How we show you movies

If you've ever wondered how we show 35mm films, here it is explained (more or less).

Below is Steve, our head projectionist, with the two projectors in the big theater. He has his hand on our NEC NC2000C DCI-compliant digital projector we got last winter. If you're reading this before November 10, 2012, please help us buy the rest of the digital system for this theater and outfit the small theater with a projector, server and sound processor. Without a playback server and sound equipment we are unable to play movies in the DCP format---the format in which all new films will be released in the future. And the future is just about here. It is important that we make this upgrade since all the major studios are abandoning 35mm film for new releases in early 2013. And we want to show you new releases. Anyway, on to the projectors!

We currently use the digital to show our bumpers, no-texting PSAs, trailers, and the occasional Blu-ray. Below the digital projector is the 35mm. Probably 97 percent of all movies you've seen in the big theater were shown on this baby. But how does the film get into the projector? Platters and pulleys:

We show our films with a platter system. The film is pulled off one platter and wound onto another. Above is The Master ready to go. The film is pulled from the center of the reel through an apparatus called the brain. The film goes in through the brain, up and around a series of pulleys and down through the projector, around more pulleys and onto the take-up platter, ready to be shown again. No rewinding required---like an 8-track!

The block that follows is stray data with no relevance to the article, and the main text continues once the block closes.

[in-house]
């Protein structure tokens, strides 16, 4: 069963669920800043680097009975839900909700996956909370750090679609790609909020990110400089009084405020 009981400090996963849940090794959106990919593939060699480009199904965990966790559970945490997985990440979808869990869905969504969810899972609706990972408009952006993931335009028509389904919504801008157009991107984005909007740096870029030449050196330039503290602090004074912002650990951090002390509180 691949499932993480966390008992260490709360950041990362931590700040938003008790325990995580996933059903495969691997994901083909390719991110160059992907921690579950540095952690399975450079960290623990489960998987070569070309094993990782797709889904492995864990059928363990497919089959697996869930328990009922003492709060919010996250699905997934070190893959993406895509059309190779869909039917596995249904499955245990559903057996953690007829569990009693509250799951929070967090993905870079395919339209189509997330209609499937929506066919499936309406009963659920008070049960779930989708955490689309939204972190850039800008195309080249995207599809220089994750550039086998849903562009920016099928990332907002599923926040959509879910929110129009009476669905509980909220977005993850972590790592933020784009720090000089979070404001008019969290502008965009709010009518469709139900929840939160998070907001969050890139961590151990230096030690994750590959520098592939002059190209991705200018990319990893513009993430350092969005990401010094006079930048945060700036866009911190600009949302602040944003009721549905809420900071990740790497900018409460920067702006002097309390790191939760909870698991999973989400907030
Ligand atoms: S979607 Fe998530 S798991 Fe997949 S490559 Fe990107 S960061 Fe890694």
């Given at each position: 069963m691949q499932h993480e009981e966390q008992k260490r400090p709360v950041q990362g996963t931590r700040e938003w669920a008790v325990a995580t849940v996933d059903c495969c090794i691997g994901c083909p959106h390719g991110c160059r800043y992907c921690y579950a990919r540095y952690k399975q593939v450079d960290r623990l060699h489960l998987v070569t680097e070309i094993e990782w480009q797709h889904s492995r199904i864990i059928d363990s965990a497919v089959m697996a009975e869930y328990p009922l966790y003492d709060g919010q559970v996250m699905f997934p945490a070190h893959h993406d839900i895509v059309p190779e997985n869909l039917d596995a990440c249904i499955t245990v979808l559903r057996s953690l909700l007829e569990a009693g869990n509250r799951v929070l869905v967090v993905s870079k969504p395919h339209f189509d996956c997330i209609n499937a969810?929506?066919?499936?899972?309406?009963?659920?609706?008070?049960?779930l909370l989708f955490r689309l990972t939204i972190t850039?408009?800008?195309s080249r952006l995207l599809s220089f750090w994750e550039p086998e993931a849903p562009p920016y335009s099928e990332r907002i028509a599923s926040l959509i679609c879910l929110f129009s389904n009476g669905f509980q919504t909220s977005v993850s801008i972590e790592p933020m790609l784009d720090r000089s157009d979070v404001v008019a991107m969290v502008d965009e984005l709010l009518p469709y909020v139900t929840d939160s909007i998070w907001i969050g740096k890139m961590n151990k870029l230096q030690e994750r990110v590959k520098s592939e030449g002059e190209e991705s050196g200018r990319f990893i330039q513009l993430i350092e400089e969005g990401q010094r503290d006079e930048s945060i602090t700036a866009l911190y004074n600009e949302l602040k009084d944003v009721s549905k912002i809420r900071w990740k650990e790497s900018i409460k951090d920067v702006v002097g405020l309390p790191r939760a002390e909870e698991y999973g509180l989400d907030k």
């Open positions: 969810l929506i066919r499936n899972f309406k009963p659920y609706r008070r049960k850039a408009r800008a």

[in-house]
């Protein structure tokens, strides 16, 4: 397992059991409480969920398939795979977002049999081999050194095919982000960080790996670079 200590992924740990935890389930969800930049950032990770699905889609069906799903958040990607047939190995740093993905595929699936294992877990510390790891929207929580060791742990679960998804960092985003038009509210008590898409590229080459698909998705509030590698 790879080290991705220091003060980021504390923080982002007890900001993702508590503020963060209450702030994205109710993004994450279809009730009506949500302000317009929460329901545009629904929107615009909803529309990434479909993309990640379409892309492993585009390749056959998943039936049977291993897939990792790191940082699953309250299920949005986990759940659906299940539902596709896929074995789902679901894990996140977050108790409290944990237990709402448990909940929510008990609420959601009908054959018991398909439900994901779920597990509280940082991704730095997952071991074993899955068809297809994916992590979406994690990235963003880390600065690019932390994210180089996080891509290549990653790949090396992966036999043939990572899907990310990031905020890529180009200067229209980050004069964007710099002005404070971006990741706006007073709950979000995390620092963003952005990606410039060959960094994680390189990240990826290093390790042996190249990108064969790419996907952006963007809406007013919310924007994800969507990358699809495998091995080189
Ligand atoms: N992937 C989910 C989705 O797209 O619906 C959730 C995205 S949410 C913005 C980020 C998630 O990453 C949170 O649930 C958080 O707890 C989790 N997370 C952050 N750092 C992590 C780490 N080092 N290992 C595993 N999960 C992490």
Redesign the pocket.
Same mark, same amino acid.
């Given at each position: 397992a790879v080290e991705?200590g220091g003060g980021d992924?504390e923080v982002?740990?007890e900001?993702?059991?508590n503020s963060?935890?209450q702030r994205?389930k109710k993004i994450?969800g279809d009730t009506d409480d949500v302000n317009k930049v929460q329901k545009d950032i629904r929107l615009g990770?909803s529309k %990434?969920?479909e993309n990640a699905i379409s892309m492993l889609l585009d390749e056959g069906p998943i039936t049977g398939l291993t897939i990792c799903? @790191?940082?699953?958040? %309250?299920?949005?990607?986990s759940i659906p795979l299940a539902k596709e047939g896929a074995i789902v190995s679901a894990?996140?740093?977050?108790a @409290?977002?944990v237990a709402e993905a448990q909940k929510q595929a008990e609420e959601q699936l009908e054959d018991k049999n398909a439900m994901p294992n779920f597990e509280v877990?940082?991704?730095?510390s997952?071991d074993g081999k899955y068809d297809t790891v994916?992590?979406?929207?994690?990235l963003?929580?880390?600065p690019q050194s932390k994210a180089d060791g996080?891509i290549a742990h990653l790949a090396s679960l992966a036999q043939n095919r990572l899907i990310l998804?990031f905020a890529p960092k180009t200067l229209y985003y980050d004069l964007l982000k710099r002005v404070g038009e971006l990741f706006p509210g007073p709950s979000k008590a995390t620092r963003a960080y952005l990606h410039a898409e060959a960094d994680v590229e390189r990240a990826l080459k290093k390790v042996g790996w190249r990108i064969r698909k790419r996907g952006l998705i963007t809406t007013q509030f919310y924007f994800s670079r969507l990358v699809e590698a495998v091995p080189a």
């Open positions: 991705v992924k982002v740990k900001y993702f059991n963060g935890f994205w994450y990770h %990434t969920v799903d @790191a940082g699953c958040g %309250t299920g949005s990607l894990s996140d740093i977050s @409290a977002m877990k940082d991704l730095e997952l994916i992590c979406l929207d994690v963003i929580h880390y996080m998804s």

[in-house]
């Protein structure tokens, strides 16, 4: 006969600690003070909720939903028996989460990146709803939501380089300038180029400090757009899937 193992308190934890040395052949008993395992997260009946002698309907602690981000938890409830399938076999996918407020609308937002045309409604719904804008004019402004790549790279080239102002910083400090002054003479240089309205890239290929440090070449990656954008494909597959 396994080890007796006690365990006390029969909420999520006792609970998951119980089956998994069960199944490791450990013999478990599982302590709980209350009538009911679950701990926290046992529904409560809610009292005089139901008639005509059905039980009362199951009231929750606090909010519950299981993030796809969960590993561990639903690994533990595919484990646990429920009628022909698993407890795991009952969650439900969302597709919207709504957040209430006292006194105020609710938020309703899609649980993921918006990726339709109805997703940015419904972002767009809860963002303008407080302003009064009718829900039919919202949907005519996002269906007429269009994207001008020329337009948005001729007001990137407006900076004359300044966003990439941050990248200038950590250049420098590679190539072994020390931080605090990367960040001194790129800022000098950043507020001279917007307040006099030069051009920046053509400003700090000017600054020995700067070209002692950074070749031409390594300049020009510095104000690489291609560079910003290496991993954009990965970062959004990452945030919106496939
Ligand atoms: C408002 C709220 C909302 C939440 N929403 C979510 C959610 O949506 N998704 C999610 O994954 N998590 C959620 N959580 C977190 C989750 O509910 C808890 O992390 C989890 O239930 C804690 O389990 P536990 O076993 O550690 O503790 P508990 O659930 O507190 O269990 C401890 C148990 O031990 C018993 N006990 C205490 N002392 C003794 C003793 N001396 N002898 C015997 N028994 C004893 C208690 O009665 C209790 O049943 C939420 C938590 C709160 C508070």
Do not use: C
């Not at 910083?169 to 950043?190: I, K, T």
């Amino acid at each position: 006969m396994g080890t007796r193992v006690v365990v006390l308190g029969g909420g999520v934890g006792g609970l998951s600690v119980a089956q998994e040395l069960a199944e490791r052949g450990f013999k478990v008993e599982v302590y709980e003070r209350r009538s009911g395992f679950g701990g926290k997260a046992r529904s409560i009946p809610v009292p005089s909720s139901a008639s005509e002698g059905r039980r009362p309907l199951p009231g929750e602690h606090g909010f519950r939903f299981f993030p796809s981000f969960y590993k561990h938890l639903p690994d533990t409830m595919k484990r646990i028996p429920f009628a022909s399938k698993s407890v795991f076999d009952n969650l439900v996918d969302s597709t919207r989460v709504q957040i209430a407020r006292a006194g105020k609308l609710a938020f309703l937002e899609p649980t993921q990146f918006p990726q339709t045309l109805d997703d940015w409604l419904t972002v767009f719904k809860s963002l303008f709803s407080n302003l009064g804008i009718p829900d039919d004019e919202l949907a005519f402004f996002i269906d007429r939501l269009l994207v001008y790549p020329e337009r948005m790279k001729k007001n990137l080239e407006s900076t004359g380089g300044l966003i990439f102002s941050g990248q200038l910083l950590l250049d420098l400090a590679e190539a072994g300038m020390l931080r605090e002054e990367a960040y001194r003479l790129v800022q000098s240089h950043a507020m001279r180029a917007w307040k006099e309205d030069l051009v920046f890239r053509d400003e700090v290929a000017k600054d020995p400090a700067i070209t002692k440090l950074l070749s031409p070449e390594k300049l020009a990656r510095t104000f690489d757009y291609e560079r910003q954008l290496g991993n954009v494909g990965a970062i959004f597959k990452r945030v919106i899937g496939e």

Here's a semi-closeup of the brain. The film goes through a rocker arm that controls how fast the platter spins, thus maintaining a smooth feed. If you've ever been in the theater when a movie stops playing (and maybe burns through), it's most likely caused by a bad brain. If the platter stops spinning (or spins too slow) film will quickly wrap around the brain (the dreaded brain wrap) till the friction becomes too great and stops the film flow. No fun for everyone.

So, how does the film get on the platter?

Movies come in plastic boxes these days. An average film is divided into five to seven reels. Above is The Imposter, with the first reel out of the box already. The reels are wound onto the platter (hopefully in the correct order) and spliced together with tape:

Here's where we add the subliminal messages. It takes Steve a half hour to forty-five minutes to build a print. It takes me a bit longer. Here's another shot of The Imposter being built:

The film is being wound onto the top platter. There's a complete movie on the second platter. And the first reel of The Imposter is spinning on the make-up table.

Here're some other shots of the projector:

Here's where we turn on the super-bright xenon bulb. And below is a look at the projector head, full of sprockets and light. The golden cylinder is the lens.

And this is how we show most of our movies. 35mm has been the standard format for commercial projection for over a hundred years. The platter system is a bit newer, having been introduced in the late 60s. But their days in multiplexes and first-run cinemas are at an end. As I said earlier, studios will stop releasing new movies on 35mm in early 2013. This is truly a historic moment in cinema, though certainly unnoticed by many. How long 35mm will last in niche markets, repertory theaters, museums and rural third-run cinemas is anybody's guess. And then how long will directors continue to shoot on film? Ragtag will keep its 35mm projectors but no-one knows what print availability will be like in a year. Time will tell.